Simulating current global river runoff with a global hydrological model: model revisions, validation, and sensitivity analysis
Gosling, S. N. and Arnell, N. W. (2011) Simulating current global river runoff with a global hydrological model: model revisions, validation, and sensitivity analysis. Hydrological Processes, 25 (7). pp. 1129-1145. ISSN 0885-6087
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To link to this item DOI: 10.1002/hyp.7727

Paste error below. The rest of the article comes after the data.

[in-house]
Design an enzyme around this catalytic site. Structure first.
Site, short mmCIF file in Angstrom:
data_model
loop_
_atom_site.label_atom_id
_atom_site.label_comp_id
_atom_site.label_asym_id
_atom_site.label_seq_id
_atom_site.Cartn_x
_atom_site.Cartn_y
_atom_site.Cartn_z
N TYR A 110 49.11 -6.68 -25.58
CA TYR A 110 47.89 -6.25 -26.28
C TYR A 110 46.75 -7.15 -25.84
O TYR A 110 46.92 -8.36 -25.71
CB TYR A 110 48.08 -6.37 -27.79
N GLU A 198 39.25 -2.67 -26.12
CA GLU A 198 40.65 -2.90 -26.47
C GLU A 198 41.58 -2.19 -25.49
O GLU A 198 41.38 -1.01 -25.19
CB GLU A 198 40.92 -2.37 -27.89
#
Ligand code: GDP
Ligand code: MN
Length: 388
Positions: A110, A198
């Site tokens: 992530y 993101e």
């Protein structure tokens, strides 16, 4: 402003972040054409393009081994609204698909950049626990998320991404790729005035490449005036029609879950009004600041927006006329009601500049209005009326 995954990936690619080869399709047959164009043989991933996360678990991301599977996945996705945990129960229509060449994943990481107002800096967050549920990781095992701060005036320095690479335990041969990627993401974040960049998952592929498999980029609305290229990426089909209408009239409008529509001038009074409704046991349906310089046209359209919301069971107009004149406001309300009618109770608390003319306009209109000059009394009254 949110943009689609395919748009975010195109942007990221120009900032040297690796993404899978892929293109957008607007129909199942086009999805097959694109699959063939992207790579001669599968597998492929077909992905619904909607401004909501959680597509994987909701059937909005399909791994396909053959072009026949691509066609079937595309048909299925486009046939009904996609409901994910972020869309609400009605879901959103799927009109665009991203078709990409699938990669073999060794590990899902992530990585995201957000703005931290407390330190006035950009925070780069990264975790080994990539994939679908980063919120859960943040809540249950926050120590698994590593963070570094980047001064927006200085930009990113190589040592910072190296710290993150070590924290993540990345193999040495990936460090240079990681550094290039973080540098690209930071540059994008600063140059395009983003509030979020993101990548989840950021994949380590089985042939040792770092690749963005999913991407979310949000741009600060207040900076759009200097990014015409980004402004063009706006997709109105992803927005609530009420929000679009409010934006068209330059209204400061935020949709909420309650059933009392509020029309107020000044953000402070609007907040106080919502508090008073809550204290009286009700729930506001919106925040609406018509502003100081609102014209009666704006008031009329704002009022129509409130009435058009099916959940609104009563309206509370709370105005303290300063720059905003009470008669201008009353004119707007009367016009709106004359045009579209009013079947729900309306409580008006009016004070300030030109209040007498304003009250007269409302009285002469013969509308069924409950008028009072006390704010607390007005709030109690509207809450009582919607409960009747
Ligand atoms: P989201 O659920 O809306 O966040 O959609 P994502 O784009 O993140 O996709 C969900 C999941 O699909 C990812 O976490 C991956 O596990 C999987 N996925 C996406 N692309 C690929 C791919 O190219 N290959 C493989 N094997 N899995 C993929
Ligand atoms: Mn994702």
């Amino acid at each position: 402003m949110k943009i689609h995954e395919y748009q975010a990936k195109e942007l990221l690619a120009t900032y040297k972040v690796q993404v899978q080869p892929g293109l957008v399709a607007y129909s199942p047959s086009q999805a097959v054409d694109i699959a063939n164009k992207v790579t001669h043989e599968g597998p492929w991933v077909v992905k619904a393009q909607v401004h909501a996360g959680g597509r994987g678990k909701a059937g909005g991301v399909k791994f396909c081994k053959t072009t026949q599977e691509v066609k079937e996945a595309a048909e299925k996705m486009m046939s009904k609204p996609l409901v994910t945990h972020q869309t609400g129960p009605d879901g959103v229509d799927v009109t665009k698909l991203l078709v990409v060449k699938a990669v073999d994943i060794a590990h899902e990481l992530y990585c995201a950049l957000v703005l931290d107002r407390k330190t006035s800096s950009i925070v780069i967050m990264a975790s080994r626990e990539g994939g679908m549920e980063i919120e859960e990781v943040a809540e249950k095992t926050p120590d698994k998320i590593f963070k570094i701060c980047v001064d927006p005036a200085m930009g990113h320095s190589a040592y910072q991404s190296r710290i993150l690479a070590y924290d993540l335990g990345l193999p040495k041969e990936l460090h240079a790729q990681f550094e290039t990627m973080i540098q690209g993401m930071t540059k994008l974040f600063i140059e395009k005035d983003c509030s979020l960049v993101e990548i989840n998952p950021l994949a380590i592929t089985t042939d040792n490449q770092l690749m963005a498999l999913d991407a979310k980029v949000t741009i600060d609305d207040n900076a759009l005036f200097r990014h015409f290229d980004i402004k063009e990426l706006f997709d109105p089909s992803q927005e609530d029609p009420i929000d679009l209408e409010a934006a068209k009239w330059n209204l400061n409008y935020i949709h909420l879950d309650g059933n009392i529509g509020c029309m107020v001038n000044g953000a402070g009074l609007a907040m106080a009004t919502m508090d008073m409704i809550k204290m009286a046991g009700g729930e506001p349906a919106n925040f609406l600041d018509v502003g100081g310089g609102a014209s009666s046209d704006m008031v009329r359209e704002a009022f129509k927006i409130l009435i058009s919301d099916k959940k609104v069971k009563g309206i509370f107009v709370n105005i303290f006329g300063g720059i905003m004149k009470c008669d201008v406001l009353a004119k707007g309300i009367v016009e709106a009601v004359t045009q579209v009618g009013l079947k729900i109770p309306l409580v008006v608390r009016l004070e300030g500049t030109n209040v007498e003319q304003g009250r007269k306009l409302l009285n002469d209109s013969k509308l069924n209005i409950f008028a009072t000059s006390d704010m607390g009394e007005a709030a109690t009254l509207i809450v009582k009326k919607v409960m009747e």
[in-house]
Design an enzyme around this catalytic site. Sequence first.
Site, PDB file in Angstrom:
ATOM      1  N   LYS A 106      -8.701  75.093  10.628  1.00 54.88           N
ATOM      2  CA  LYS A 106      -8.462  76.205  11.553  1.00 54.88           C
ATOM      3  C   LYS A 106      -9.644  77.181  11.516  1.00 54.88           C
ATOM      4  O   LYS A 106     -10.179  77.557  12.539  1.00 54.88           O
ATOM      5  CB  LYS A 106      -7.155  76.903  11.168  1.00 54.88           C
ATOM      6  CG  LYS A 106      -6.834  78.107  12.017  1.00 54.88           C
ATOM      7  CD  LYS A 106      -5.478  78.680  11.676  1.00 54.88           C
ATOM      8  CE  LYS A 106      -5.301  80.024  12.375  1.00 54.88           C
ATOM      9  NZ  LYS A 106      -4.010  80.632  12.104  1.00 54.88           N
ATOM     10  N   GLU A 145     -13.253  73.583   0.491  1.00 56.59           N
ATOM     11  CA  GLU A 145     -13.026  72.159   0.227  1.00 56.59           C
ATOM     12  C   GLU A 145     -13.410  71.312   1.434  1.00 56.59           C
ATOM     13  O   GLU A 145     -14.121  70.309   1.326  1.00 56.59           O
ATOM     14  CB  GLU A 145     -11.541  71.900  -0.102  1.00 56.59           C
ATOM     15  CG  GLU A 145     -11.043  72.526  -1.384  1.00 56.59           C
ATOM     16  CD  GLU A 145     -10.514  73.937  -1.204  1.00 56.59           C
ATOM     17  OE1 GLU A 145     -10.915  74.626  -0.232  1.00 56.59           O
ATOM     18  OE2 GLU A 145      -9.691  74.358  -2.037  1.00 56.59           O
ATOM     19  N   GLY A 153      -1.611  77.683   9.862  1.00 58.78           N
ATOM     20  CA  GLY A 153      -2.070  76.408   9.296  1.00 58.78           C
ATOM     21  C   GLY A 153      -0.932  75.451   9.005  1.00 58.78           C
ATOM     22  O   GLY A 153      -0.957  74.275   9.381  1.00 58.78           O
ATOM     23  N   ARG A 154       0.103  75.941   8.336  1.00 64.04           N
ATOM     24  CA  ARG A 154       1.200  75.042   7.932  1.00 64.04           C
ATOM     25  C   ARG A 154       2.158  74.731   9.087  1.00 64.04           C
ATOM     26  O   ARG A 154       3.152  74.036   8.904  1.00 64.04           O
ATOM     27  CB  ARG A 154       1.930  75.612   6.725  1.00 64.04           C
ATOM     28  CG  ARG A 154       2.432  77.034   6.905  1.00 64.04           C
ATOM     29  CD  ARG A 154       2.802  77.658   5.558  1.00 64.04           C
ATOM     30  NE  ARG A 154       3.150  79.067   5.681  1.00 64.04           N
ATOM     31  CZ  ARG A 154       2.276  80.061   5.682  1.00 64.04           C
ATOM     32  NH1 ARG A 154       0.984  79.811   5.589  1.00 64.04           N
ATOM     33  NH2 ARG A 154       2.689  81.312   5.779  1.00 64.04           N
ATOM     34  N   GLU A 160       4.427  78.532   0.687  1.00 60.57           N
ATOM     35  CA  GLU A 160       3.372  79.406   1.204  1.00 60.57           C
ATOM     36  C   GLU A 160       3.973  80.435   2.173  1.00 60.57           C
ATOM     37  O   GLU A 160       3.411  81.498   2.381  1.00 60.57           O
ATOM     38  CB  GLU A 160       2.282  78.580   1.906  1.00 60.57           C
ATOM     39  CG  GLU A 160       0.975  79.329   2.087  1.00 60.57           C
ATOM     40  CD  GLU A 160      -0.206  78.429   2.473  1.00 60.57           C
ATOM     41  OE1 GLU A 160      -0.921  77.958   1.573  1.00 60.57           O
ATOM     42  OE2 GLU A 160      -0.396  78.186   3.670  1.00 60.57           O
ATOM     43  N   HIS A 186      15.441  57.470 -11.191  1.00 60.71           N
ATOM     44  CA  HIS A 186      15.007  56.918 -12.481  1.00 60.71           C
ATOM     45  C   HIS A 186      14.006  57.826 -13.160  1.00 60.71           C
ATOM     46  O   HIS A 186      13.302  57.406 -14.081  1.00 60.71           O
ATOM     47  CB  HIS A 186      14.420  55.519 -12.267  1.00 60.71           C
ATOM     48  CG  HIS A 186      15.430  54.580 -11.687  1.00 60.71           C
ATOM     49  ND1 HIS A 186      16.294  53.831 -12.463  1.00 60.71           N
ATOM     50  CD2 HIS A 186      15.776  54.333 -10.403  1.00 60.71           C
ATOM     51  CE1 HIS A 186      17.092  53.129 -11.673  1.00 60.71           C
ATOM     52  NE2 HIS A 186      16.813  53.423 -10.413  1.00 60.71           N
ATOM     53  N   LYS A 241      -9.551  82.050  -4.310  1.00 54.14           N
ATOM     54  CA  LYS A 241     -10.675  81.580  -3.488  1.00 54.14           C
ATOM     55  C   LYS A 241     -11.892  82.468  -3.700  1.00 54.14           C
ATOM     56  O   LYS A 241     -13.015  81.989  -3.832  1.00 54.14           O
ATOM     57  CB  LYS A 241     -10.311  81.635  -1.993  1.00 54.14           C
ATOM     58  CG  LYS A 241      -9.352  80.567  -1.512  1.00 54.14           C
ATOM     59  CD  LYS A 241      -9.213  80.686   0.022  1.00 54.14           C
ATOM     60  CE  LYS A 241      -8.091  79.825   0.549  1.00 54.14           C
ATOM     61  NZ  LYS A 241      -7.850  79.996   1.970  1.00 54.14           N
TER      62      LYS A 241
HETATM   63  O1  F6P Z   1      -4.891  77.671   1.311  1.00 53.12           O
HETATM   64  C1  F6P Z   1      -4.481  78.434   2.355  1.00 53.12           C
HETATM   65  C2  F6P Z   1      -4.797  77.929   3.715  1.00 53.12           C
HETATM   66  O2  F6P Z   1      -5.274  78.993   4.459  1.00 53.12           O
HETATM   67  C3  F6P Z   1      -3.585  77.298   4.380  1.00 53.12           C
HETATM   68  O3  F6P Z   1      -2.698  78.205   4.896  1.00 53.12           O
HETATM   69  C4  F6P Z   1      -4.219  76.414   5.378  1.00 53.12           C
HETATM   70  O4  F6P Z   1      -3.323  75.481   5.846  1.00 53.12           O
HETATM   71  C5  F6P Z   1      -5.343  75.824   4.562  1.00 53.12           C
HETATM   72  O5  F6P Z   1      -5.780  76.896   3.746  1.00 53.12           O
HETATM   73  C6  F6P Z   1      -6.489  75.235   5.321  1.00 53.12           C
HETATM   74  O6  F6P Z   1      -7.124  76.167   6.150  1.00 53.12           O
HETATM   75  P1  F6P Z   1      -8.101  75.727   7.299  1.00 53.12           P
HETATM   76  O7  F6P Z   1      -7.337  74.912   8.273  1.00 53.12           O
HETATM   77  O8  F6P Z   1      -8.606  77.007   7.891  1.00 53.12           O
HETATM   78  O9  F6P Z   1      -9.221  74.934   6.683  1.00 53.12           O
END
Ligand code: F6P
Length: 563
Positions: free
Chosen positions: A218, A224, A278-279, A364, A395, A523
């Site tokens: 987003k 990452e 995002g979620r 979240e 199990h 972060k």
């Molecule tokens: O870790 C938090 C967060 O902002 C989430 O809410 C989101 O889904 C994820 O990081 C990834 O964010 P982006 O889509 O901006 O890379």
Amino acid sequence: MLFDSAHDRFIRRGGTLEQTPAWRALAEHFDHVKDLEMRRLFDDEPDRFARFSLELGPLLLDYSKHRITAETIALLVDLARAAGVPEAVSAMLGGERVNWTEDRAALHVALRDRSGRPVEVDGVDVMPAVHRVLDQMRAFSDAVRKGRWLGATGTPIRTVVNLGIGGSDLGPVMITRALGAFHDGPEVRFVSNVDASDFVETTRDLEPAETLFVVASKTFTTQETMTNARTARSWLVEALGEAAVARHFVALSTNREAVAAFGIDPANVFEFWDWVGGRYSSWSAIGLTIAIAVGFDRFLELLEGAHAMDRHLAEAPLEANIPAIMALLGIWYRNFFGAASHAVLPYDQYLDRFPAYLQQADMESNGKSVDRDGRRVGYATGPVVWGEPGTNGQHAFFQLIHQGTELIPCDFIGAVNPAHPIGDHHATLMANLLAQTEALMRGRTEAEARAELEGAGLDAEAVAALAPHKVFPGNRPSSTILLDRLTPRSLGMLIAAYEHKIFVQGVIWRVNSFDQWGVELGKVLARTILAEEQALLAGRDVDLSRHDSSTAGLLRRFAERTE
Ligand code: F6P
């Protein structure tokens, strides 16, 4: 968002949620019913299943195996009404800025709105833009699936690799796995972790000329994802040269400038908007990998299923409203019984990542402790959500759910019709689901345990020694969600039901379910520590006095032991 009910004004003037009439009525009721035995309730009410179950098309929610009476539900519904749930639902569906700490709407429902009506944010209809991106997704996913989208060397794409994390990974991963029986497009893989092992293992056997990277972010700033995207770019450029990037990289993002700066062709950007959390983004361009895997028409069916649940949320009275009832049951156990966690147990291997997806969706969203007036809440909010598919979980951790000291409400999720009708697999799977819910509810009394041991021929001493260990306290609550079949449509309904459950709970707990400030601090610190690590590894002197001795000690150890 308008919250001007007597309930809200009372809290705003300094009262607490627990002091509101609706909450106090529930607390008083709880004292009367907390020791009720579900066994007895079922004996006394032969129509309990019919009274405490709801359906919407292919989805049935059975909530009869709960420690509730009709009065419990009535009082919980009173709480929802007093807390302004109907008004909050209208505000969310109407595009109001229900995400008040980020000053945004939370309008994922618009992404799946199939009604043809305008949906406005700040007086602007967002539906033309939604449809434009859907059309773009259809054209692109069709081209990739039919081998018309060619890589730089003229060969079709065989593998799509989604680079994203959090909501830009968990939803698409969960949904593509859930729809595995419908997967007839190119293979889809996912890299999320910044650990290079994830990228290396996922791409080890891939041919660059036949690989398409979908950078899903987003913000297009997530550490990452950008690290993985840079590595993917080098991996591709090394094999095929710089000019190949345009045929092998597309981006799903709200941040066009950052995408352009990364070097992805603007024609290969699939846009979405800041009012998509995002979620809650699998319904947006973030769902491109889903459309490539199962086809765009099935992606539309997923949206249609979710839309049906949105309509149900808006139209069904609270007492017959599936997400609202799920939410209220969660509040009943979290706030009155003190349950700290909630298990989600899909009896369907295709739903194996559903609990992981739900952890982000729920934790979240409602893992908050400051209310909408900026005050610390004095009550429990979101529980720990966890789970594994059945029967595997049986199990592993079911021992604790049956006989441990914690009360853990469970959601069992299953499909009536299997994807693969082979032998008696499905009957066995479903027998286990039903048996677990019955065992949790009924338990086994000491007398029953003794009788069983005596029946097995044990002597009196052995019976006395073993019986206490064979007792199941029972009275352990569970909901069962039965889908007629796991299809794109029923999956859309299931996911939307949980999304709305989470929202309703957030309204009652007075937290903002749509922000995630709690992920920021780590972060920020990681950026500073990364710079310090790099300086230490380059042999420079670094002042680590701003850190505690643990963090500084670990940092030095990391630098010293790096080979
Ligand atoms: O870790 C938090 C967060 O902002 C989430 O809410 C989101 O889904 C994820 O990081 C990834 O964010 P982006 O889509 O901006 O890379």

Global hydrological models (GHMs) model the land surface hydrologic dynamics of continental-scale river basins. Here we describe one such GHM, the Macro-scale - Probability-Distributed Moisture model.09 (Mac-PDM.09). The model has undergone a number of revisions since it was last applied in the hydrological literature. This paper serves to provide a detailed description of the latest version of the model. The main revisions include the following: (1) the ability for the model to be run for n repetitions, which provides more robust estimates of extreme hydrological behaviour, (2) the ability of the model to use a gridded field of coefficient of variation (CV) of daily rainfall for the stochastic disaggregation of monthly precipitation to daily precipitation, and (3) the model can now be forced with daily input climate data as well as monthly input climate data. We demonstrate the effects that each of these three revisions has on simulated runoff relative to before the revisions were applied. Importantly, we show that when Mac-PDM.09 is forced with monthly input data, it results in a negative runoff bias relative to when daily forcings are applied, for regions of the globe where the day-to-day variability in relative humidity is high. The runoff bias can be up to - 80% for a small selection of catchments but the absolute magnitude of the bias may be small. As such, we recommend future applications of Mac-PDM.09 that use monthly climate forcings acknowledge the bias as a limitation of the model. The performance of Mac-PDM.09 is evaluated by validating simulated runoff against observed runoff for 50 catchments. We also present a sensitivity analysis that demonstrates that simulated runoff is considerably more sensitive to method of PE calculation than to perturbations in soil moisture and field capacity parameters.